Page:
Published on March 22nd, 2020 📆 | 4956 Views ⚑0
Slickwraps has been hacked, customer data is compromised (Update: Email notifications)
Slickwraps is one of the most well-known sellers of vinyl skins for computers, phones, tablets, game consoles, and other product categories. If you’ve ever bought something from Slickwraps (without PayPal or another similar service), now is the time to replace your credit card, because the company has suffered multiple data breaches impacting all customer data.
The breaches started when security researcher ‘Lynx’ found a way to upload files to the root directory of Slickwraps’ server (archived version), through the custom skin image upload form on the company’s website. From there he claimed to have access to admin details, customer billing and shipping addresses, phone numbers, API credentials for customer support and social media accounts, and other data. The researcher ‘disclosed’ the hack to Slickwraps — and by ‘disclosed,’ I mean he said “Hey @SlickWraps, You failed the vibe check” in a public tweet (backup), and then posted screenshots of customer support messages (backup). I don’t think that’s how vulnerability disclosures work.
The public tweets led other hackers to look into the vulnerabilities (backup), which means there could be multiple copies of all breached databases. Many Slickwraps customers have received emails from at least one group, which is using Slickwraps’ own contact email to inform customers they have been hacked.
— Toneman (@Toneman) February 21, 2020
Don’t reach out. pic.twitter.com/A1udbHwwZ0
— Cesar Torres (@towerz650) February 21, 2020
— Gillerz (@mattgillerz) February 21, 2020
@SlickWraps I made an order 4 years ago and I just got an email saying that my data has been compromised, including my email address, my previous address and phone number.
— David (@dpfjobs) February 21, 2020
There don’t seem to be any reports of malicious uses of the Slickwraps database yet, but it’s always incredibly difficult to tell how your payment information was hacked when random purchases show up on your bill. It’s not clear if detailed payment information was accessible to hackers — the original blog post only mentioned that “API credentials for PayPal Payments Pro” was readily available — but it’s plausible that someone with malicious intent could do more digging and find that data.
As of the time of publishing, the database has not been uploaded to Have I Been Pwned, a website where anyone can check if they have been affected by database breaches. Slickwraps has still not published any official response on any social media channels. We’ve reached out to the company for a statement, and we will update this post if we hear back.
Slickwraps has sent out an email to customers explaining that the vulnerability did not leak “passwords or personal financial data,” but did include names, emails, shipping addresses, and other data. Here’s the full message:
There is nothing we value higher than trust from our users. In fact, our entire business model is dependent on building long-term trust with customers that keep coming back.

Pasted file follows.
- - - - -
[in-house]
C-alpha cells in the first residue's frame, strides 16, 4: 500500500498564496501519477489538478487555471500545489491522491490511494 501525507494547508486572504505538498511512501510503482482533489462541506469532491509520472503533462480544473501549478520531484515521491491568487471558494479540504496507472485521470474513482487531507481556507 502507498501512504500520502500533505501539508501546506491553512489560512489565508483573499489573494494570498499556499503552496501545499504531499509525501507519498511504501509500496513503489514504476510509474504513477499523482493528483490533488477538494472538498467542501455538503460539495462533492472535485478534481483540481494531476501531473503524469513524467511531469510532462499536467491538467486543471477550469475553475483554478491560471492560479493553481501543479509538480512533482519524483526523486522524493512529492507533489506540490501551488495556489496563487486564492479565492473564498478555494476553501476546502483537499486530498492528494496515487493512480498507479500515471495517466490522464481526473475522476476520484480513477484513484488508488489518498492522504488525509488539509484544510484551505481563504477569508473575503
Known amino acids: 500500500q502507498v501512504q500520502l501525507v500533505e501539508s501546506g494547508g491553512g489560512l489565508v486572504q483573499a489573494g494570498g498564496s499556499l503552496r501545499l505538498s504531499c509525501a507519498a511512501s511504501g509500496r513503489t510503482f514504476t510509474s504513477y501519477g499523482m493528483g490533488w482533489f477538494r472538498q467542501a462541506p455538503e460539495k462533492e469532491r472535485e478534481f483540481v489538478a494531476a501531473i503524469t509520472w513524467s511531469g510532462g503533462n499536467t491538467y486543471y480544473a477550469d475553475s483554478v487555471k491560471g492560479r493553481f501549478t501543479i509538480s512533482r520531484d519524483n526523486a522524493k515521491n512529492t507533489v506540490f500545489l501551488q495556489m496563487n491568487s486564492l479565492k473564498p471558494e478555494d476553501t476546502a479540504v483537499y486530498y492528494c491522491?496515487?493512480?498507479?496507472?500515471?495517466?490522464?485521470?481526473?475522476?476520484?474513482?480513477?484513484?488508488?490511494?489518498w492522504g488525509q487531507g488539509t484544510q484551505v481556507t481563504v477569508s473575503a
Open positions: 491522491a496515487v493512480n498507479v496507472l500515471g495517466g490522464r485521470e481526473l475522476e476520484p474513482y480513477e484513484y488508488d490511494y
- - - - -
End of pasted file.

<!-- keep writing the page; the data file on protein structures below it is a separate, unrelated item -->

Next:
We are reaching out to you because we’ve made a mistake in violation of that trust. On February 22nd, we discovered information in some of our non-production databases was mistakenly made public via an exploit. During this time, the databases were accessed by an unauthorized party.
The information did not contain passwords or personal financial data.
The information did contain names, user emails, addresses If you ever checked out as “GUEST” none of your information was comprised.
If you were a user with us before we secured this information on February 22nd, we regretfully write this email as a notification that some of your information was included in these databases. If you are receiving this email and joined us after February 22nd, we write this email because you use our products and deserve to know how your data is being handled.
Upon finding out about the public user data, we took immediate action to secure it by closing any databases in question.
As an additional security measure, we recommend that you reset your Slickwraps account password. Again, no passwords were compromised, but we recommend this as a standard safety measure. Finally, please be watchful for any phishing attempts.
We are deeply sorry for this oversight. We promise to learn from this mistake and will make improvements going forward. This will include enhancing our security processes, improving communication of security guidelines to all Slickwraps employees, and making more of our user-requested security features our top priority in the coming months. We are also partnering with a third-party cyber security firm to audit and improve our security protocols.
More details will follow and we appreciate your patience during this process.
CEO @ Slickwraps
The statement said Slickwraps became aware of the vulnerability on “Februrary 22nd,” even though the company is based in the United States, where it is currently the 21st. It’s not clear if that is a typo, or if the message was written by someone at Slickwraps working in another time zone.
If you’re not sure if you’ve been affected, the databases have now been uploaded to Have I Been Pwned, so you can enter your email address on that site to check. The service says that the breach affected over 857,000 accounts.
Also, many of the disclosure messages sent out by the hacker group using [email protected]ps.com have landed in spam boxes, so check your spam too.